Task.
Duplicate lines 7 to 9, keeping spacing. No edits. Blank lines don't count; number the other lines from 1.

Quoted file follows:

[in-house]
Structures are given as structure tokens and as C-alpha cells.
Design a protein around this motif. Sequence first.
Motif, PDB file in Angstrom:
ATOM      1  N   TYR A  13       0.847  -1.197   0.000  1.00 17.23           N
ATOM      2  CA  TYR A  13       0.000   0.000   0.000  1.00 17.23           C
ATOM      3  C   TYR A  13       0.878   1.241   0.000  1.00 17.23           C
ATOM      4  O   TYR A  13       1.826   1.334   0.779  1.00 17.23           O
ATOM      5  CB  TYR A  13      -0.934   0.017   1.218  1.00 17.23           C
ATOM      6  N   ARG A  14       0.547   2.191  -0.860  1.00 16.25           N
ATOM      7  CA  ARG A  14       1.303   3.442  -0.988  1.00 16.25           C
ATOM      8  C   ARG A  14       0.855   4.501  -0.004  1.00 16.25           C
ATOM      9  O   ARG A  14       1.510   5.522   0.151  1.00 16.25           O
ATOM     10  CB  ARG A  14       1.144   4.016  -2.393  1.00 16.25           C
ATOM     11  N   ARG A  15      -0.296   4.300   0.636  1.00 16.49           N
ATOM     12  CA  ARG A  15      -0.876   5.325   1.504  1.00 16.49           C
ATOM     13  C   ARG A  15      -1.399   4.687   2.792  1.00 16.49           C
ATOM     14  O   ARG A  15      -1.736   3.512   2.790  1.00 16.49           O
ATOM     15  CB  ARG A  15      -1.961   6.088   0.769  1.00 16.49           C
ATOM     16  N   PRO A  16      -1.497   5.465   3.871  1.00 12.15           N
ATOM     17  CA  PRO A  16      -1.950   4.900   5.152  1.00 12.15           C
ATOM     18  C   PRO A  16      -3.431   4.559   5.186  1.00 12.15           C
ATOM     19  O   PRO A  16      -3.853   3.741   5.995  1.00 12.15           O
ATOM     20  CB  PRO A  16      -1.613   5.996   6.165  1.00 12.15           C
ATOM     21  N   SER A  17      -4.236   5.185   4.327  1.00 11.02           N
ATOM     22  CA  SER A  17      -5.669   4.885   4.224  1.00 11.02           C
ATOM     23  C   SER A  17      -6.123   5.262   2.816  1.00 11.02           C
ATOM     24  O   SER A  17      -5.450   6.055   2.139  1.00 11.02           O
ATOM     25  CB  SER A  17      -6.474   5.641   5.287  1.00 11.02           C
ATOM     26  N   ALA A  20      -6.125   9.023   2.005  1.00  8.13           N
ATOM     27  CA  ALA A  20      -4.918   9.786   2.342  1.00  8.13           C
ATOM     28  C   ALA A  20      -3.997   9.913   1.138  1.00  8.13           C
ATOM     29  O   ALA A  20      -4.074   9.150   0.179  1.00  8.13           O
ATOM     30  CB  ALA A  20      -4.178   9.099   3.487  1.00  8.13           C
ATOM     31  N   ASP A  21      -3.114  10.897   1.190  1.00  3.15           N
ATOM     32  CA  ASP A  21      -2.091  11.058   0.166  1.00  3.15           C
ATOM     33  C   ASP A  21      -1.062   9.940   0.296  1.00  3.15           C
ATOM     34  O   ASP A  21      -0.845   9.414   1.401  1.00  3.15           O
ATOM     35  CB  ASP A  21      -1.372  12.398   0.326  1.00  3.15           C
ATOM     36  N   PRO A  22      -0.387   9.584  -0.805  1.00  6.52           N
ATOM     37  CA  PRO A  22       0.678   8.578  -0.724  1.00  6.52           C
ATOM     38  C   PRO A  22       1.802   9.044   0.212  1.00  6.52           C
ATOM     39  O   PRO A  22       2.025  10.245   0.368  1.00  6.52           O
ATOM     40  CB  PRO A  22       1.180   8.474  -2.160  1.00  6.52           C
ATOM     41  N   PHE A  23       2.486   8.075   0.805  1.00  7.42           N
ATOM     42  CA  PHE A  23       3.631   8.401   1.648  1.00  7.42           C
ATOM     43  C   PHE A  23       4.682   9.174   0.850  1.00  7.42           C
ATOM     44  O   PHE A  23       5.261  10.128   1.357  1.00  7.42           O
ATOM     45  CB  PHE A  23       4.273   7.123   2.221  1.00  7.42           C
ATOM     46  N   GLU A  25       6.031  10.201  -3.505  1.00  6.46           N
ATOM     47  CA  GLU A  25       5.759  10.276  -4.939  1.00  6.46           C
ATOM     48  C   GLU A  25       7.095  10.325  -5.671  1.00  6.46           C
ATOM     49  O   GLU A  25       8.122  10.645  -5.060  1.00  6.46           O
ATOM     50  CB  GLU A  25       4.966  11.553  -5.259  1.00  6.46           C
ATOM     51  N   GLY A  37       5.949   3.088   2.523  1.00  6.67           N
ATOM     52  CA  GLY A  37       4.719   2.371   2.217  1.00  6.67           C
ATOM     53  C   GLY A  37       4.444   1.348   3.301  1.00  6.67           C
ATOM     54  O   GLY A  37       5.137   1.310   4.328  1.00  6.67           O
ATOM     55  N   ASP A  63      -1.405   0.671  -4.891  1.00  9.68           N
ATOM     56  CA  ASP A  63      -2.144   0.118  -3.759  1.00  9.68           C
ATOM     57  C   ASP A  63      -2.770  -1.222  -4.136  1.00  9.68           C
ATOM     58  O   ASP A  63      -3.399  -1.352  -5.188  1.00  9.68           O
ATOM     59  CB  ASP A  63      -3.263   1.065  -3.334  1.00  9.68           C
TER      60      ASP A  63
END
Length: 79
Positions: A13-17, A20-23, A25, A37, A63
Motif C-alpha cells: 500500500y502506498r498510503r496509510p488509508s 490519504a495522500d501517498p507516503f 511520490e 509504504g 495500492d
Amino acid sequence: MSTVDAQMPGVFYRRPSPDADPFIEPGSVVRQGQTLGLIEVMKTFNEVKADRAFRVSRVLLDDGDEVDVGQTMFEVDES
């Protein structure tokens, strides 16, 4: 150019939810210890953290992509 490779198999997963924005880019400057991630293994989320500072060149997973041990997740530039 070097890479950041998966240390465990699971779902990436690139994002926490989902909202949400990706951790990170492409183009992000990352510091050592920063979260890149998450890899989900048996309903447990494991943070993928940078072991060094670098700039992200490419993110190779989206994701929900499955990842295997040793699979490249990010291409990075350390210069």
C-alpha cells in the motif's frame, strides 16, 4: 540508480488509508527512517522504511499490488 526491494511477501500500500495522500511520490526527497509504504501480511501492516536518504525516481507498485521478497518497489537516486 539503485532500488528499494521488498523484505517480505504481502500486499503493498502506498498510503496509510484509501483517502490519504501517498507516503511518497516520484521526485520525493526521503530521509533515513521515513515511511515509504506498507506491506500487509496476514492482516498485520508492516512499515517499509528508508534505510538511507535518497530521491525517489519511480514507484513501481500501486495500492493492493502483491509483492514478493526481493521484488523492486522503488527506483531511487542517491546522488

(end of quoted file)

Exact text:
ATOM      3  C   TYR A  13       0.878   1.241   0.000  1.00 17.23           C
ATOM      4  O   TYR A  13       1.826   1.334   0.779  1.00 17.23           O
ATOM      5  CB  TYR A  13      -0.934   0.017   1.218  1.00 17.23           C